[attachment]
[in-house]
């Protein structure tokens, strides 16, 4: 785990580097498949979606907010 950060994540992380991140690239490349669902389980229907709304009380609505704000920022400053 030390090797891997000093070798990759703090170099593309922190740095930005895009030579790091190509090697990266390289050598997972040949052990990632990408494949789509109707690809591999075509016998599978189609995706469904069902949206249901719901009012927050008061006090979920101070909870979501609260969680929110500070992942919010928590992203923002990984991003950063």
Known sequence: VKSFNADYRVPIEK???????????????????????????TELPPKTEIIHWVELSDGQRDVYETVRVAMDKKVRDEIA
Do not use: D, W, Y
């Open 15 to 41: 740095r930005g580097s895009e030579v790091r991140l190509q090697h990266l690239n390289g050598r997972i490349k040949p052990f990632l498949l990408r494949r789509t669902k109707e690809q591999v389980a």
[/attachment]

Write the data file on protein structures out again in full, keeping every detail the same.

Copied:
[in-house]
């Protein structure tokens, strides 16, 4: 785990580097498949979606907010 950060994540992380991140690239490349669902389980229907709304009380609505704000920022400053 030390090797891997000093070798990759703090170099593309922190740095930005895009030579790091190509090697990266390289050598997972040949052990990632990408494949789509109707690809591999075509016998599978189609995706469904069902949206249901719901009012927050008061006090979920101070909870979501609260969680929110500070992942919010928590992203923002990984991003950063």
Known sequence: VKSFNADYRVPIEK???????????????????????????TELPPKTEIIHWVELSDGQRDVYETVRVAMDKKVRDEIA
Do not use: D, W, Y
């Open 15 to 41: 740095r930005g580097s895009e030579v790091r991140l190509q090697h990266l690239n390289g050598r997972i490349k040949p052990f990632l498949l990408r494949r789509t669902k109707e690809q591999v389980a």